Joseph Daniel Bahr, Jr. Sentenced in U.S. District Court
|U.S. Attorney’s Office October 24, 2013|
The United States Attorney’s Office announced that during a federal court session in Billings, on October 23, 2013, before U.S. District Judge Joseph Daniel Bahr, Jr., a 42-year-old resident of Lame Deer and an enrolled member of the Northern Cheyenne Tribe, was sentenced to a term of:
- Prison: 70 months
- Special assessment: $100
- Supervised release: seven years
Bahr was sentenced in connection with his guilty plea to attempted sexual abuse.
In an offer of proof filed by Assistant U.S. Attorney Lori Harper Suek, the government stated it would have proved at trial the following:
On June 23, 2011, the victim and a friend stayed overnight at Bahr’s home in Lame Deer, which is within the boundaries of the Northern Cheyenne Indian Reservation. The victim, the friend, and Bahr were drinking that evening at Bahr’s house. Between 10:00 p.m. and 11:00 p.m., the victim went to sleep in Bahr’s daughter's bedroom. Around 5:00 a.m. the next day, the victim woke up with Bahr on top of her. The victim told Bahr numerous times to stop and to get off her. Eventually, the victim was able to push Bahr off her, get dressed, and leave Bahr’s residence. Before leaving, the victim confronted Bahr about the sexual assault in the presence of the friend who was also staying at Bahr’s home. Bahr admitted to having sexual intercourse with the victim during this confrontation, and this admission was overheard by the friend.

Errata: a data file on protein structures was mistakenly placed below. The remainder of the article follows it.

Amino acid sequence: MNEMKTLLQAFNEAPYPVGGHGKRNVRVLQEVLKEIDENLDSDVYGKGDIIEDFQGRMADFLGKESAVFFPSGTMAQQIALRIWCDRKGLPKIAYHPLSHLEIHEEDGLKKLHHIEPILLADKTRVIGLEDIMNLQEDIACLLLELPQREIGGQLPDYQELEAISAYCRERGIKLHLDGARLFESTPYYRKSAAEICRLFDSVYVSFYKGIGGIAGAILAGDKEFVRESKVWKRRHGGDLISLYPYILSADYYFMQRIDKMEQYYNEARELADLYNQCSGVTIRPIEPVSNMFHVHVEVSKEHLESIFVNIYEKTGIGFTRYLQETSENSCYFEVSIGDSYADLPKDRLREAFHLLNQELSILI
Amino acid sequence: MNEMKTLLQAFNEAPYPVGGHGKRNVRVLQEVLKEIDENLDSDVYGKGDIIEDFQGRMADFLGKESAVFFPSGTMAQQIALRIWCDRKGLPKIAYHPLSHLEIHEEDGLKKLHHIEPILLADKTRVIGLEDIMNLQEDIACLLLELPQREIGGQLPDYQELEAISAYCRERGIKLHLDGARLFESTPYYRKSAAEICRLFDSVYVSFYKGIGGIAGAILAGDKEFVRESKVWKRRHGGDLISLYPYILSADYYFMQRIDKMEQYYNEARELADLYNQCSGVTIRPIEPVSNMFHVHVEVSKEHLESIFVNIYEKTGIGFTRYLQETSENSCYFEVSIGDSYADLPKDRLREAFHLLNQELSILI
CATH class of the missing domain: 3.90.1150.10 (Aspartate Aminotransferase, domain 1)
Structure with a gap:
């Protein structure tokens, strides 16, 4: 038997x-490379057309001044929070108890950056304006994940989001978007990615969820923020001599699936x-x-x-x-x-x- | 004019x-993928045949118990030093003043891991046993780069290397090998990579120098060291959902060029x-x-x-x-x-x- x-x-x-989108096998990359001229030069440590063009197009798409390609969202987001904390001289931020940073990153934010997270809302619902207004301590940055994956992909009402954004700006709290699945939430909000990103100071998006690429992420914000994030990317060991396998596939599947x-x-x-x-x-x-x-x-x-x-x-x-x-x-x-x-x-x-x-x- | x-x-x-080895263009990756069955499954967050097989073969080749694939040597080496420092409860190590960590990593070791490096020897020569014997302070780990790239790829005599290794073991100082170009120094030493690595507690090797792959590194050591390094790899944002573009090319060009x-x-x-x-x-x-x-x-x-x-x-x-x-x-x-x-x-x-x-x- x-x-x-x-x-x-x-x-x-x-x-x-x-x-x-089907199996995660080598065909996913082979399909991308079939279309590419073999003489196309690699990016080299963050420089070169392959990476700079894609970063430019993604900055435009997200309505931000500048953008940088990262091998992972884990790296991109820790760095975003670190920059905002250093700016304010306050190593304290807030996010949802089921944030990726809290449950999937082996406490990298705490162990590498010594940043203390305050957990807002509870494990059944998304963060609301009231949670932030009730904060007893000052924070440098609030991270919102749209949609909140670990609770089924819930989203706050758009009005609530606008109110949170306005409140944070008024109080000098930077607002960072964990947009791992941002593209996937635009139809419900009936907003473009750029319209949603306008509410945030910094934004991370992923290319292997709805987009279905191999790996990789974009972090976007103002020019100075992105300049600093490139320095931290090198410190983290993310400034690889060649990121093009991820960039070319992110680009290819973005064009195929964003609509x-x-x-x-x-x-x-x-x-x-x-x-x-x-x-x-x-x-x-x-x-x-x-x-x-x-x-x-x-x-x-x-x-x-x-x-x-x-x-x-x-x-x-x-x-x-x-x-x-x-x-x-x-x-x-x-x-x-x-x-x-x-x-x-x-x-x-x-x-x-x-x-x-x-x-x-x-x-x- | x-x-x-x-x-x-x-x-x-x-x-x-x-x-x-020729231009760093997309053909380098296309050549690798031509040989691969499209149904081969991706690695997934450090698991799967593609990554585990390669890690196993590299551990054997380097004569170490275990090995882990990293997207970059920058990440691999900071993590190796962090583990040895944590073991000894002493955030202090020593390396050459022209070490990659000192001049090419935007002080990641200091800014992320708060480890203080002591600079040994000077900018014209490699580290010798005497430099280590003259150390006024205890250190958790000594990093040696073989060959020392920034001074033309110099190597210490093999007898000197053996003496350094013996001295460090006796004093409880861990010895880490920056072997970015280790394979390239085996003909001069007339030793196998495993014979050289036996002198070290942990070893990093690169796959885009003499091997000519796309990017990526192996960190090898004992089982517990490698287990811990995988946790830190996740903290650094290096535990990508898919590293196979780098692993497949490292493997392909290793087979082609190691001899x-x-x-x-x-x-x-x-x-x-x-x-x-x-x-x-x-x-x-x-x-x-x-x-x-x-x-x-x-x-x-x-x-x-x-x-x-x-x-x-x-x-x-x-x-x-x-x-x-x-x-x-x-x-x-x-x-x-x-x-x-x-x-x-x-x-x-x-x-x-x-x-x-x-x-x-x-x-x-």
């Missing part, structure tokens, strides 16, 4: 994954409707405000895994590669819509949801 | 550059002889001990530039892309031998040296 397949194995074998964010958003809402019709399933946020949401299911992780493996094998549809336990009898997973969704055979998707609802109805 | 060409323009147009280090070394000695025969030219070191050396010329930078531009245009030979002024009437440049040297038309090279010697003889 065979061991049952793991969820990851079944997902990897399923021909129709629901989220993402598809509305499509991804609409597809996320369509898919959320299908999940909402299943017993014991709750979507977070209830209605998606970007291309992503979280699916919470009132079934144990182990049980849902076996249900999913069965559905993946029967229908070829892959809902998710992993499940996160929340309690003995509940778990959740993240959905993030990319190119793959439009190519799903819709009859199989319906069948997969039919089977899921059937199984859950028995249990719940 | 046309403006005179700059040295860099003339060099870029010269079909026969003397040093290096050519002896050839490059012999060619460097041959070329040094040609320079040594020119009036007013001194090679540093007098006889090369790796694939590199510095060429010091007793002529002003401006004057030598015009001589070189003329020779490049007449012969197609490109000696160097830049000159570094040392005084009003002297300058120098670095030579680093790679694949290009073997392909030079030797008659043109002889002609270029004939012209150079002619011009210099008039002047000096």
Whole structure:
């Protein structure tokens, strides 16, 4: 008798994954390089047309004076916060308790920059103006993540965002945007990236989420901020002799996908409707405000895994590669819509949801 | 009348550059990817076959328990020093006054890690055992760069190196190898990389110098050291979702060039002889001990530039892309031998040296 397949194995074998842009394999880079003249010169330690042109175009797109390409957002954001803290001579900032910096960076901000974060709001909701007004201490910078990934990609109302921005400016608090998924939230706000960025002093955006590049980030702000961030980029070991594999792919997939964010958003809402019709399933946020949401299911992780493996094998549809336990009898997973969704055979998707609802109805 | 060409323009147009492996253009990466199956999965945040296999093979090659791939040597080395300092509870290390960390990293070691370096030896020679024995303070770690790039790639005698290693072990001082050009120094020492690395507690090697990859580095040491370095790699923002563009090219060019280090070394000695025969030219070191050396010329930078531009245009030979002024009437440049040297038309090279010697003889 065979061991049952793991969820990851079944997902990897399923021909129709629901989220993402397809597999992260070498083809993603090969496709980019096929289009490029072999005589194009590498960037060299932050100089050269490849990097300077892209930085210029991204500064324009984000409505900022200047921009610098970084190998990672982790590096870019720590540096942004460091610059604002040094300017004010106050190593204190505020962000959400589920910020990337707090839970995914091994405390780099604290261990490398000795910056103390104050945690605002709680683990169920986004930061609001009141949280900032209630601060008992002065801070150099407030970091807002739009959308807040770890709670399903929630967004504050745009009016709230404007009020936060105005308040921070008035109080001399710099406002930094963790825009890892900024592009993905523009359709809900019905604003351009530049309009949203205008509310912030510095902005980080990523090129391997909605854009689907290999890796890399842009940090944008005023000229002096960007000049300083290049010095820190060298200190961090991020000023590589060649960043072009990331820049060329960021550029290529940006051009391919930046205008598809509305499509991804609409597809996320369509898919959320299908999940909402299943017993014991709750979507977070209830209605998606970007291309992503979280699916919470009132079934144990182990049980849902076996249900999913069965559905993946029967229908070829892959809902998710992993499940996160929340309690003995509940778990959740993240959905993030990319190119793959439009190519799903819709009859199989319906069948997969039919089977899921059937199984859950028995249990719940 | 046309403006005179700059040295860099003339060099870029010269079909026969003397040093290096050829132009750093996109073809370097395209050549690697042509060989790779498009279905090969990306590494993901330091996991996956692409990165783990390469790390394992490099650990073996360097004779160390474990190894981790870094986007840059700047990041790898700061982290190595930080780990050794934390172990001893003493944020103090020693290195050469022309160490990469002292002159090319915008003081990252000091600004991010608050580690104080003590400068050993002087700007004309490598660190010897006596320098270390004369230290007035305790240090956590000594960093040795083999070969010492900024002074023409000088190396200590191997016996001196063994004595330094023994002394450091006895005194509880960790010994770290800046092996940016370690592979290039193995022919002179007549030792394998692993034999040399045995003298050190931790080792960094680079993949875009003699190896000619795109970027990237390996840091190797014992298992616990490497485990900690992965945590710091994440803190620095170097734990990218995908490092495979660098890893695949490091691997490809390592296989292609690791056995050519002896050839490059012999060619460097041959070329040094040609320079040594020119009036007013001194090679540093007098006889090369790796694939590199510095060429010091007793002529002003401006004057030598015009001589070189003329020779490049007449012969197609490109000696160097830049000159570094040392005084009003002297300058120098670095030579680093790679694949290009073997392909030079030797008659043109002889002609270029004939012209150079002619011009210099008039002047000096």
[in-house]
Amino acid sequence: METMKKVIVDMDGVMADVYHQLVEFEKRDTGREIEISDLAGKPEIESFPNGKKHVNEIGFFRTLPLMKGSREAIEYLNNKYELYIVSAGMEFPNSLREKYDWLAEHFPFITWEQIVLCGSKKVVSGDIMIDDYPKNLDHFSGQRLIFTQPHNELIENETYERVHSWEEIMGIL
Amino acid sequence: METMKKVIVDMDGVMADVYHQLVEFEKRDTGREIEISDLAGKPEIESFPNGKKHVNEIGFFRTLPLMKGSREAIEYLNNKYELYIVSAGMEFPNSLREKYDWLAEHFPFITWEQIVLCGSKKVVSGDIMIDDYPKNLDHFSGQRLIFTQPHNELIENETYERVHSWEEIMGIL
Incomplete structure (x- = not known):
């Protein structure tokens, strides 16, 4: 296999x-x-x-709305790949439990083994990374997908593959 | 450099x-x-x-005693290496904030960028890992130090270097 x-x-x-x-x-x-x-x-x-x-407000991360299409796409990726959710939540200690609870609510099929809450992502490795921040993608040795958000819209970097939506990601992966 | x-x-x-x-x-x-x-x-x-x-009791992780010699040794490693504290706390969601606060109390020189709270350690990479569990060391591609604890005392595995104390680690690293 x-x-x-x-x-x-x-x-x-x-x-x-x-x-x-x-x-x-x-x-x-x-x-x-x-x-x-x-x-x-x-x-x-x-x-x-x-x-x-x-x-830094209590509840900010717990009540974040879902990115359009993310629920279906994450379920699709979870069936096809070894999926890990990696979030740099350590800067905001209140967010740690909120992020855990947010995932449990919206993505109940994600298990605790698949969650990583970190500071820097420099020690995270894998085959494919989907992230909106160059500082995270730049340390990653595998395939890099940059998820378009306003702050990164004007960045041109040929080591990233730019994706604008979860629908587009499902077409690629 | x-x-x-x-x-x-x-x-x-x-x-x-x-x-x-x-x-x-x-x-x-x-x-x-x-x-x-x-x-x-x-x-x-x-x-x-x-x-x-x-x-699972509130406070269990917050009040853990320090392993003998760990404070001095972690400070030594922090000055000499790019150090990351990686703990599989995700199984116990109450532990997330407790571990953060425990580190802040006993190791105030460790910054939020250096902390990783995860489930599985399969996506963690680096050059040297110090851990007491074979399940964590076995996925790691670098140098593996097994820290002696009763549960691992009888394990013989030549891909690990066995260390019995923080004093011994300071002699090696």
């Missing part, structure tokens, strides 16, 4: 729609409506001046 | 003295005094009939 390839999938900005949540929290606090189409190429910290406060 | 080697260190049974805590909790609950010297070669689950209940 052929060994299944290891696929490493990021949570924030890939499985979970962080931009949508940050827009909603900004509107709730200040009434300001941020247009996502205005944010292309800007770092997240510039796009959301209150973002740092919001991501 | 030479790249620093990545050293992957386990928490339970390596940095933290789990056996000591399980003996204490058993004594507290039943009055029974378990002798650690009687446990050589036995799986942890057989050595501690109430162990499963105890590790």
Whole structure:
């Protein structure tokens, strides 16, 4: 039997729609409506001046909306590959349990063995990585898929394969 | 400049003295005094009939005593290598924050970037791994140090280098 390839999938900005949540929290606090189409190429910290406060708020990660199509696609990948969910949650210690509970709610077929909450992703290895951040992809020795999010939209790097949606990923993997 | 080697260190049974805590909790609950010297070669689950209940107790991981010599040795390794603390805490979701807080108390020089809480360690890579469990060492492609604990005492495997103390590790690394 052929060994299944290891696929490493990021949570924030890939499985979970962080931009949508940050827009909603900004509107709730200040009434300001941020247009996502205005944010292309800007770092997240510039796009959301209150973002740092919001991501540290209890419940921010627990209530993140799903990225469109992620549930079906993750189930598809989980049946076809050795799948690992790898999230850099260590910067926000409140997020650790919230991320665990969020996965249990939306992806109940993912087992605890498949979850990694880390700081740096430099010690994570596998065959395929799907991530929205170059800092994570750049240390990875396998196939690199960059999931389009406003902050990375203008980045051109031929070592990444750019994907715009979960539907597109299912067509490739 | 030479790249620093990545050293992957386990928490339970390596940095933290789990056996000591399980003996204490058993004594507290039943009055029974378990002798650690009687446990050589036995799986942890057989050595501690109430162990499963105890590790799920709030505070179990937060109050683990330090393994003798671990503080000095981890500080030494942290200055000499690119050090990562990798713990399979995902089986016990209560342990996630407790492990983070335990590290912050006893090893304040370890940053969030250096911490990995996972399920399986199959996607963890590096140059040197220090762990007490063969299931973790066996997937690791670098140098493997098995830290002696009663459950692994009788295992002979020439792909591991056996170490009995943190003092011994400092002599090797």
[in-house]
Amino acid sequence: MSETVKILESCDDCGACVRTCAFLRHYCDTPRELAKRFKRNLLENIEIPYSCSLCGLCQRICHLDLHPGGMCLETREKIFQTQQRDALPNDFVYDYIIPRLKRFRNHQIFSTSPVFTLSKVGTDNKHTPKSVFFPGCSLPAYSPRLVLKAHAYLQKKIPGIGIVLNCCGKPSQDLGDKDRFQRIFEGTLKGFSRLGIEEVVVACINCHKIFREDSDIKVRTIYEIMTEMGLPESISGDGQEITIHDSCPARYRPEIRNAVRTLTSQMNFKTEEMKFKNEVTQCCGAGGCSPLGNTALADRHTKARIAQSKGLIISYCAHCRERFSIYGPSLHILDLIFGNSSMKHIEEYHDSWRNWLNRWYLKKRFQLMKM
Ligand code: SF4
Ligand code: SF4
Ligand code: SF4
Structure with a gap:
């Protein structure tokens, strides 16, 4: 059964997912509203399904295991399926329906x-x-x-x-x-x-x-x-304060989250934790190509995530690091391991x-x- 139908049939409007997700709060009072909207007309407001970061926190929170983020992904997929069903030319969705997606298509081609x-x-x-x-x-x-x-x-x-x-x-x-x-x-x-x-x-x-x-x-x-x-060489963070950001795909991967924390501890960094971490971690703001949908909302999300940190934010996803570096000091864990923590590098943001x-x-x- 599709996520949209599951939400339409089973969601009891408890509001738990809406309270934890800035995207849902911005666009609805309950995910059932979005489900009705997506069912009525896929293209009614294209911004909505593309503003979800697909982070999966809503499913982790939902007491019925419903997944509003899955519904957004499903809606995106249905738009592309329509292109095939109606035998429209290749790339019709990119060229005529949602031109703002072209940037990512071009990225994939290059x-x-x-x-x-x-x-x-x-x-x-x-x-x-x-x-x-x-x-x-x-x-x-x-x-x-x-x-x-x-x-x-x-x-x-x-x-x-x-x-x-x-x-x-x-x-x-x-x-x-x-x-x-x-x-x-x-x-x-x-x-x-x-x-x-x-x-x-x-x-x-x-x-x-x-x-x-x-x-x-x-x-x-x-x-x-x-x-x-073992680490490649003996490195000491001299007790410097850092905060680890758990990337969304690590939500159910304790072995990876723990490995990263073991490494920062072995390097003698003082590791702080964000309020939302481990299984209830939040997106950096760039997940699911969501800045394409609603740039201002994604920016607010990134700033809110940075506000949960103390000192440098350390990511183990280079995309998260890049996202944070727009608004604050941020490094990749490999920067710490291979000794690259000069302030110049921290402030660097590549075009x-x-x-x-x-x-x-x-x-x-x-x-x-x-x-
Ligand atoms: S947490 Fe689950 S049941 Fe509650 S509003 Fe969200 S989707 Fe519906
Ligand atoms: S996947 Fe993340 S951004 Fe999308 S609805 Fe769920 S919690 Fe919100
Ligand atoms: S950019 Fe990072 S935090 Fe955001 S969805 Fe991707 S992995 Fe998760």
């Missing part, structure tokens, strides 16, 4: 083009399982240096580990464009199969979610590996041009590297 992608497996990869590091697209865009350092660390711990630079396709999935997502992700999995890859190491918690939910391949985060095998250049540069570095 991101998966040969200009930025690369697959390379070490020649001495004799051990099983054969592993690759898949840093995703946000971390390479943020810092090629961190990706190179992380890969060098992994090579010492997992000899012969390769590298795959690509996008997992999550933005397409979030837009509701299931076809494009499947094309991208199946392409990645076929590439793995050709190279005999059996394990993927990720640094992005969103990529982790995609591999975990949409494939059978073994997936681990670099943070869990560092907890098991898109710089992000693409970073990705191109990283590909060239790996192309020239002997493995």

The victim then left the residence and went home. She told her husband about the sexual assault, immediately reported the assault to the police, and then went to the hospital for a sexual assault examination.
Bahr was interviewed by law enforcement and despite the admission made by Bahr to the victim and overheard by the friend at Bahr’s house, when confronted by the victim, Bahr denied that he had sex with the victim.
Because there is no parole in the federal system, the “truth in sentencing” guidelines mandate that he will likely serve all of the time imposed by the court. In the federal system, he does have the opportunity to earn a sentence reduction for “good behavior.” However, this reduction will not exceed 15 percent of the overall sentence.
The investigation was a cooperative effort between the Federal Bureau of Investigation and the Bureau of Indian Affairs.